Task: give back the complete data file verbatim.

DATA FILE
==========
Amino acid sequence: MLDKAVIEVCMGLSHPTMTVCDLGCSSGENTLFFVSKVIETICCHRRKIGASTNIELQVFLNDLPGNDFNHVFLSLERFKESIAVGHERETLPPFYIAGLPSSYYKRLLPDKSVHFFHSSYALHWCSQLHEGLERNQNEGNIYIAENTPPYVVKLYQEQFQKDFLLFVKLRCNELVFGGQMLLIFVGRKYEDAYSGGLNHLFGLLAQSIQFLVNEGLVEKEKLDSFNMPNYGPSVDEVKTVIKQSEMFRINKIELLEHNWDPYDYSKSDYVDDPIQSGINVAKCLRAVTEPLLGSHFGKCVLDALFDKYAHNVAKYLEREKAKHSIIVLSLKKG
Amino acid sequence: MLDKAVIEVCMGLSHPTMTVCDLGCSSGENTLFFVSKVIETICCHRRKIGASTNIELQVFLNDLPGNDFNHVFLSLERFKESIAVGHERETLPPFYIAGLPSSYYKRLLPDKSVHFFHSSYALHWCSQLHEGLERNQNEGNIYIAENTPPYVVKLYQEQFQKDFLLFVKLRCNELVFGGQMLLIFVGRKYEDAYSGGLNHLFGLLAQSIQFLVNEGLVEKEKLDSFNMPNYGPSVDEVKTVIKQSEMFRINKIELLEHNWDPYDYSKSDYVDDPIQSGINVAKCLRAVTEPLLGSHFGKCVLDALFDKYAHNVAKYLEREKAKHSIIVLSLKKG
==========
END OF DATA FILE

Amino acid sequence: MLDKAVIEVCMGLSHPTMTVCDLGCSSGENTLFFVSKVIETICCHRRKIGASTNIELQVFLNDLPGNDFNHVFLSLERFKESIAVGHERETLPPFYIAGLPSSYYKRLLPDKSVHFFHSSYALHWCSQLHEGLERNQNEGNIYIAENTPPYVVKLYQEQFQKDFLLFVKLRCNELVFGGQMLLIFVGRKYEDAYSGGLNHLFGLLAQSIQFLVNEGLVEKEKLDSFNMPNYGPSVDEVKTVIKQSEMFRINKIELLEHNWDPYDYSKSDYVDDPIQSGINVAKCLRAVTEPLLGSHFGKCVLDALFDKYAHNVAKYLEREKAKHSIIVLSLKKG
Amino acid sequence: MLDKAVIEVCMGLSHPTMTVCDLGCSSGENTLFFVSKVIETICCHRRKIGASTNIELQVFLNDLPGNDFNHVFLSLERFKESIAVGHERETLPPFYIAGLPSSYYKRLLPDKSVHFFHSSYALHWCSQLHEGLERNQNEGNIYIAENTPPYVVKLYQEQFQKDFLLFVKLRCNELVFGGQMLLIFVGRKYEDAYSGGLNHLFGLLAQSIQFLVNEGLVEKEKLDSFNMPNYGPSVDEVKTVIKQSEMFRINKIELLEHNWDPYDYSKSDYVDDPIQSGINVAKCLRAVTEPLLGSHFGKCVLDALFDKYAHNVAKYLEREKAKHSIIVLSLKKG